Obi presents himself as a different breed of politician, who’s prepared to engage Nigerians by highlighting the issues plaguing the country, and how he’ll solve them.
He isn’t afraid to speak to Nigeria’s economy, education and security, even as fact checkers query the alleged exaggerated or inaccurate examples, comparisons and figures he reels out to support his presentations.
And confronted on such “inaccuracies,” Obi has a ready response: “Go and verify,” knowing the very low reading culture in Nigeria, where even truth is a scarce commodity.
An unflattering saying is that, to hide something from a Nigerian, you put it in writing, in form of a book, as they won’t open, or peruse it. So, with no appetite for reading, most Nigerians judge the content of a book by its cover.
The likes of Obi make un-informed, incorrect, imprecise, outlandish or even unfounded pronouncements because the audience, mainly of their supporters, won’t question their assertions. Rather, the captive listeners applaud and ovate every anecdote, innuendo, nuance and gesture.
The upside is that Obi controls his messaging by talking, engaging, and proffering solutions to problems. Whether the messaging makes sense is a different story. But his listeners’ enthusiastic receptions answer that poser!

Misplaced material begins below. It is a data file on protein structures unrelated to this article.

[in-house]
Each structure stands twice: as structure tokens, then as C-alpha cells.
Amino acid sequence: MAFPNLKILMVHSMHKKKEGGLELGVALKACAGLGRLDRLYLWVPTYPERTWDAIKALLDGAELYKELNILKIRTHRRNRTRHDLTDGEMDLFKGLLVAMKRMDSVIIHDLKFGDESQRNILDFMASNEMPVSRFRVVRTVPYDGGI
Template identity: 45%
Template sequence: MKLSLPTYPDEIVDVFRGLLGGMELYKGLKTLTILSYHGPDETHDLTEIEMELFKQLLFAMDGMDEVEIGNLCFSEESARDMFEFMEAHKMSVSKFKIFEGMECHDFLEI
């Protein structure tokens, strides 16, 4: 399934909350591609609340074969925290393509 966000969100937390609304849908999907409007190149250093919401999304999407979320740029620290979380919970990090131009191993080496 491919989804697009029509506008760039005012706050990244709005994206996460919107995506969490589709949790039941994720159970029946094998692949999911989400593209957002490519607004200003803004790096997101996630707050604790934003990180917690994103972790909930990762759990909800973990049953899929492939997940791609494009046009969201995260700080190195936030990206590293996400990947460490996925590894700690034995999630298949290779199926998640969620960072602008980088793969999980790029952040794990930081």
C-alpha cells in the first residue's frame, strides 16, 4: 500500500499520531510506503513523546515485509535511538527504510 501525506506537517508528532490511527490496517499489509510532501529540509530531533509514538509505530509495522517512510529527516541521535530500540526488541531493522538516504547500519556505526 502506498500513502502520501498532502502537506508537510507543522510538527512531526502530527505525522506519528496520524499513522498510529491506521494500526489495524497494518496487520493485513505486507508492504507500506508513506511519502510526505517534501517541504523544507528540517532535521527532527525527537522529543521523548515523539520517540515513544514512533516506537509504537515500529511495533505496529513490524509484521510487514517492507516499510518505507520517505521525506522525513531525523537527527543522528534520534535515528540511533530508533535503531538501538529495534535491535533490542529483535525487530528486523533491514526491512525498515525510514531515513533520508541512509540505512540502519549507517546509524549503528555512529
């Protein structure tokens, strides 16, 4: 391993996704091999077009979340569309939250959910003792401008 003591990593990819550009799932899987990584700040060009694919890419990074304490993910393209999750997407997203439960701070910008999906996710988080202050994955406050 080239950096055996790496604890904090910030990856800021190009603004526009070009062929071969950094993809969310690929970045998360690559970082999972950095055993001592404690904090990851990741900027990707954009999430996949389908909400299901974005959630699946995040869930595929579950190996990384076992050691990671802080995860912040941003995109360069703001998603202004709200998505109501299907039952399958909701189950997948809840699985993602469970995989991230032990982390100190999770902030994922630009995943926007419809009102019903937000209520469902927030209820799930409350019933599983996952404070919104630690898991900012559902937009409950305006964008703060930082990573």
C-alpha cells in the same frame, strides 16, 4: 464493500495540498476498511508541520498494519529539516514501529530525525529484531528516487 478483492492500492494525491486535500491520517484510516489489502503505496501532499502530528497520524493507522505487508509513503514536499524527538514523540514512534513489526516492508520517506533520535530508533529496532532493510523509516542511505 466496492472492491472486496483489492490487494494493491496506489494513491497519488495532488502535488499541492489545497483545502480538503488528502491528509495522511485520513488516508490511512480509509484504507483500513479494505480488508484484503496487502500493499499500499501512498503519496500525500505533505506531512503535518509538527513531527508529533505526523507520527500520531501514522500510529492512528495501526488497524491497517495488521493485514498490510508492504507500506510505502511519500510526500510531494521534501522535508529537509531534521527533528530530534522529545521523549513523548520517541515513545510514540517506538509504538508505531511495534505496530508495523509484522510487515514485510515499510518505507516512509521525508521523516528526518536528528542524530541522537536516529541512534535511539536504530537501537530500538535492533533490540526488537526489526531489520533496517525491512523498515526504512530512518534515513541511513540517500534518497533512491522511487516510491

Obi enjoys a rockstar status wherever he goes. His entry into a gathering causes excitement and commotion, as the attendees mob, hug and take selfies with him. And when he’s formally announced, a standing ovation takes over.
The other candidates only come out irregularly, or speak through surrogates – not to address the real issues at play, but to fight the fires they or their campaigns have lit.
They hibernate – in Nigeria and overseas – waiting for the electoral umpire to blow the whistle before they show up publicly to tell Nigerians what they have for them in 2023.
Because there’s a dearth of engagement by the other candidates, the media “rely” on Obi as their main source of “relevant” news on 2023, even from a single assignment. For example, within minutes of the leadership summit by the Labour Party and Coalition for Peter Obi on August 11 in Abuja, the media published four news items on Obi.
The headlines: How Labour Party will transform Nigeria’s economy from consumption to production – Peter Obi 2023: We have structure, ready to save Nigeria, Obi boasts. What I’ll do after winning 2023 presidential election – Obi
Leadership deficit Nigeria’s greatest undoing – Peter Obi.
On the same day, the candidates of the APC and PDP earned such headlines as: Catholics blast Lalong over reference to Pope, demand apology
Tinubu/Shettima: Lalong explains his reference to Pope; 2023 polls: Imams, Pastors pray for Tinubu, Sanwa-Olu’s success. PDP crisis: Atiku sends Adamawa gov to Wike, meeting deadlocked. Atiku should beg Wike to win 2023 election – Onwordi
PDP crisis: Please, apply brakes, before it’s too late, Dele Momodu warns Wike.
That’s why Obi blazes the trail, leaving the other major candidates to play catch-up. But will his approach take him to the finish line in February 2023? Obi thinks so!
Still, Ecclesiastes 9:11 admonishes: “… the race is not to the swift, nor the battle to the strong, neither yet bread to the wise, nor yet riches to men of understanding, nor yet favour to men of skill; but time and chance happeneth to them all.” (King James Version)
Mr Ezomon, Journalist and Media Consultant, writes from Lagos, Nigeria.
Send your opinions, breaking news to firstname.lastname@example.org.